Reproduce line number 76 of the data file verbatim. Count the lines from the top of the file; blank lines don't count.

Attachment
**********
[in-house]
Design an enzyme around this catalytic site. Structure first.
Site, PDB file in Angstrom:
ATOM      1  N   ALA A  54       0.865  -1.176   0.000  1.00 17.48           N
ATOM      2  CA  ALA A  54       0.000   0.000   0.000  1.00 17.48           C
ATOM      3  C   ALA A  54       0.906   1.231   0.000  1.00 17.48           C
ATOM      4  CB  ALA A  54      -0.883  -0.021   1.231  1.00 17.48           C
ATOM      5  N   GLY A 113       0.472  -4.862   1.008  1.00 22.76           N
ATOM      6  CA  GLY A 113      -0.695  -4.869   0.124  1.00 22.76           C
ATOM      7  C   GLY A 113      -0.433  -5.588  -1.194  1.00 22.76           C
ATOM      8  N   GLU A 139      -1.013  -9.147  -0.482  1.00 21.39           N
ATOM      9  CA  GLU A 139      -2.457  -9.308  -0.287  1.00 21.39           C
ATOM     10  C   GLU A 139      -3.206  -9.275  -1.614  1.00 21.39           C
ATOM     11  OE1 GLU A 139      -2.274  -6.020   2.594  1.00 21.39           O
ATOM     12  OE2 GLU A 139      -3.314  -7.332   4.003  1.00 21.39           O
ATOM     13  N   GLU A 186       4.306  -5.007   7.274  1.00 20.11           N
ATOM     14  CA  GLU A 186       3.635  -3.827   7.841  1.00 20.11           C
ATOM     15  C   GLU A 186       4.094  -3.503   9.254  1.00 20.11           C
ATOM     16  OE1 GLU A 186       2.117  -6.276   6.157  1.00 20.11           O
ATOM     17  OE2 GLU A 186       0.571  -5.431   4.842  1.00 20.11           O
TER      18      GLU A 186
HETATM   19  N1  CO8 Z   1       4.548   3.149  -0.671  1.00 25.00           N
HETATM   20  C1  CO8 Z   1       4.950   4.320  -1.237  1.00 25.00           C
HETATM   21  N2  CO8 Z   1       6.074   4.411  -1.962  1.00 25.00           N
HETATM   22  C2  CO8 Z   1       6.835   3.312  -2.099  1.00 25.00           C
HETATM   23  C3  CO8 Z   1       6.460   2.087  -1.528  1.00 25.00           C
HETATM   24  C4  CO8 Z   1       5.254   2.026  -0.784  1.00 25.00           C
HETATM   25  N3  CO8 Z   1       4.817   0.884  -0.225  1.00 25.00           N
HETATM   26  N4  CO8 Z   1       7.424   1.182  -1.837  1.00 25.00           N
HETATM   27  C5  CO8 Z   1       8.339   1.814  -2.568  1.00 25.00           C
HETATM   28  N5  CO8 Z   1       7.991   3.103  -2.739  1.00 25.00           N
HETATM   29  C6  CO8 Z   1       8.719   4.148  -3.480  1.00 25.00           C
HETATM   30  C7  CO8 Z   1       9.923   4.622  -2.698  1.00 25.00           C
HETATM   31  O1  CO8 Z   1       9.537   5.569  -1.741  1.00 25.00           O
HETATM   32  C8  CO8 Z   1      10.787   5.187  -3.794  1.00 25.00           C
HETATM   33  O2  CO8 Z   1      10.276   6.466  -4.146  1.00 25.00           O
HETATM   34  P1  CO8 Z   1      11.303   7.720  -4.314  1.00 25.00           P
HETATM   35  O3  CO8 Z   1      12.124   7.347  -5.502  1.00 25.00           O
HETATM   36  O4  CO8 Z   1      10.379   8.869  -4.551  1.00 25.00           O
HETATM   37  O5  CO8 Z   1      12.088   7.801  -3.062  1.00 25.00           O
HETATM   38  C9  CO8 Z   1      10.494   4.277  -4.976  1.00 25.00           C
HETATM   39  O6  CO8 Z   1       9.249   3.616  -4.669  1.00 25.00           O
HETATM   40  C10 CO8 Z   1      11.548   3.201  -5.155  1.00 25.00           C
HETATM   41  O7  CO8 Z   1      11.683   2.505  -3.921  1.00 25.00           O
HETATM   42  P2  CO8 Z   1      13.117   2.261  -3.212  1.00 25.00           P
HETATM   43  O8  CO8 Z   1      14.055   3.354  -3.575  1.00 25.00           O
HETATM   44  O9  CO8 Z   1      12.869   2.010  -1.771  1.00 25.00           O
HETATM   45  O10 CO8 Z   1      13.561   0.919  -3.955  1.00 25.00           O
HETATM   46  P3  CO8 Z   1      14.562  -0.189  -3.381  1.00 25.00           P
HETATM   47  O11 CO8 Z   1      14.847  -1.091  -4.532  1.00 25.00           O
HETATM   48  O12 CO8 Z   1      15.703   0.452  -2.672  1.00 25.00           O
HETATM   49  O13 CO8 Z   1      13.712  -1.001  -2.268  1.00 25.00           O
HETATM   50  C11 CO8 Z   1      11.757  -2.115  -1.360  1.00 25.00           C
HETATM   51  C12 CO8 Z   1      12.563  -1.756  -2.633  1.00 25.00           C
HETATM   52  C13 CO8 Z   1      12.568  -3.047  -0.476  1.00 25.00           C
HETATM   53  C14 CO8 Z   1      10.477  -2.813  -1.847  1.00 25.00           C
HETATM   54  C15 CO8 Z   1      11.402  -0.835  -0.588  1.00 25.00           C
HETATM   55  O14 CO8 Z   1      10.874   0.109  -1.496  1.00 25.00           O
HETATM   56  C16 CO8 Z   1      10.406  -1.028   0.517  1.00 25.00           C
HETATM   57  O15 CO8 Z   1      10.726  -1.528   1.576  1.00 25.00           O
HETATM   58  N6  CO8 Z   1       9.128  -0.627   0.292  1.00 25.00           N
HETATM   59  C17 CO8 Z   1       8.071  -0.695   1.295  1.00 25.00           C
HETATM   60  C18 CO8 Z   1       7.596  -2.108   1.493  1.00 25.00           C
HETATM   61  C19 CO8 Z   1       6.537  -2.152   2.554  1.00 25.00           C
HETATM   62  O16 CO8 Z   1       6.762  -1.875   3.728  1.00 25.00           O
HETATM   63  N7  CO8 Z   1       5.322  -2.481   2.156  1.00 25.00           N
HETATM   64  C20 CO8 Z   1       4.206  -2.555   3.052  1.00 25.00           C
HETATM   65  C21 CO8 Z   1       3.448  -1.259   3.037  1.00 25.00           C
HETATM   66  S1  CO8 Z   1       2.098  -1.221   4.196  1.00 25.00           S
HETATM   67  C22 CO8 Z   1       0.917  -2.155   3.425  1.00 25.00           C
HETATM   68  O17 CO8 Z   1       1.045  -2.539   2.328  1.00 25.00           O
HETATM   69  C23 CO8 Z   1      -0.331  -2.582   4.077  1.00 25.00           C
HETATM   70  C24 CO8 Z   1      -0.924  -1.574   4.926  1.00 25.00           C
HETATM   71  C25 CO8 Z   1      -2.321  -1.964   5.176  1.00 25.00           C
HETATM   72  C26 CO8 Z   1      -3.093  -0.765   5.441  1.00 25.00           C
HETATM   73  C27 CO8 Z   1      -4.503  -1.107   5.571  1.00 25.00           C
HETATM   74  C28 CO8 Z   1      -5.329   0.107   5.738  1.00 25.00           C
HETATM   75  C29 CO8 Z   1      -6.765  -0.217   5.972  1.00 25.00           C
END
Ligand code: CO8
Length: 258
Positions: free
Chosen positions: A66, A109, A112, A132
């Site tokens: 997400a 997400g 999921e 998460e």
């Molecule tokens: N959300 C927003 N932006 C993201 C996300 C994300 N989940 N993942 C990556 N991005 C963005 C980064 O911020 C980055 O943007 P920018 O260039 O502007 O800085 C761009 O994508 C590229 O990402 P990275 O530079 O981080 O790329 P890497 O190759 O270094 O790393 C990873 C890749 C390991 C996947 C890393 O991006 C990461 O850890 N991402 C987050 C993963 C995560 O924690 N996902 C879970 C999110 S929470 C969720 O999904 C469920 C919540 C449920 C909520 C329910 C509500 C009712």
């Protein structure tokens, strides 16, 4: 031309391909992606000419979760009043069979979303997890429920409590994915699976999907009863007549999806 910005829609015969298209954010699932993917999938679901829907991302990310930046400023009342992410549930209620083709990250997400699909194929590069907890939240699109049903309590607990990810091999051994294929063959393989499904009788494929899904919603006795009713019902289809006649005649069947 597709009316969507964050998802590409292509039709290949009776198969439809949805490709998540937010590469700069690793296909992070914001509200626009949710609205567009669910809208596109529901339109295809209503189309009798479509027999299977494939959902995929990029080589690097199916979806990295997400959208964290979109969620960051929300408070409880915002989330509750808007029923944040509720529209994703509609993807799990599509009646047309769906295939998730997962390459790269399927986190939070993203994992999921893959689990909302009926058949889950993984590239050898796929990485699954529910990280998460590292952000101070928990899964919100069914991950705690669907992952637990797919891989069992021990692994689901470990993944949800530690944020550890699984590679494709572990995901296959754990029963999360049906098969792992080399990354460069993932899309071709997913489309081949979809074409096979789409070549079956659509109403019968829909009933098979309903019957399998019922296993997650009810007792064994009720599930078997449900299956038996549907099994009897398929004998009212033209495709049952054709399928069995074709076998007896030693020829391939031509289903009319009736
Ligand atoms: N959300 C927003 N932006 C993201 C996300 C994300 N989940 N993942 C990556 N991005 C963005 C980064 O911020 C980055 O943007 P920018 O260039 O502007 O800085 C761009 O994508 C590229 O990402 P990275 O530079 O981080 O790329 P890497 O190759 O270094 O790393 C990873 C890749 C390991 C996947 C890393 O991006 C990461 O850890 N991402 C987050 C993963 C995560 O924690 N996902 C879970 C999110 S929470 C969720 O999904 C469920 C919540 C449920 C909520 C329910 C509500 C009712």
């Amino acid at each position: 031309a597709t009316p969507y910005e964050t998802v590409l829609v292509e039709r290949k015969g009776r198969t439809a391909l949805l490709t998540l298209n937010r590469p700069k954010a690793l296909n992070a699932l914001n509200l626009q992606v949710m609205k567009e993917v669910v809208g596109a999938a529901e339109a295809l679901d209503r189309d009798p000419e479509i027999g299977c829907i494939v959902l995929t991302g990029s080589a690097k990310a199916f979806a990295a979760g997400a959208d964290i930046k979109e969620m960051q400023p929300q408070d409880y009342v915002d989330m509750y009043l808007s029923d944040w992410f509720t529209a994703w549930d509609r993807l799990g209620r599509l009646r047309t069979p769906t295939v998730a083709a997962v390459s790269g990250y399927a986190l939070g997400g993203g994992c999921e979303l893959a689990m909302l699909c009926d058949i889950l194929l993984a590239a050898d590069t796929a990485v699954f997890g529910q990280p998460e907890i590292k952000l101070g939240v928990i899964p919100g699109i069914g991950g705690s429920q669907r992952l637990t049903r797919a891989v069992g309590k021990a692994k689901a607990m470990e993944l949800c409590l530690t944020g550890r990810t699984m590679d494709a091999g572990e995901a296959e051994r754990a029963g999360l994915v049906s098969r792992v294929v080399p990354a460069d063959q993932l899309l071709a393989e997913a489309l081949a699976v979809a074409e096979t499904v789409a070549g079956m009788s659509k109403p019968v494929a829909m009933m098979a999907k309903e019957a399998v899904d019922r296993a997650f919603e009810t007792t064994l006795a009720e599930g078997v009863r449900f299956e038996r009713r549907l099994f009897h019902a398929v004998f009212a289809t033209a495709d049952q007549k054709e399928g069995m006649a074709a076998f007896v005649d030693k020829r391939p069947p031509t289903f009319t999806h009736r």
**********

HETATM   73  C27 CO8 Z   1      -4.503  -1.107   5.571  1.00 25.00           C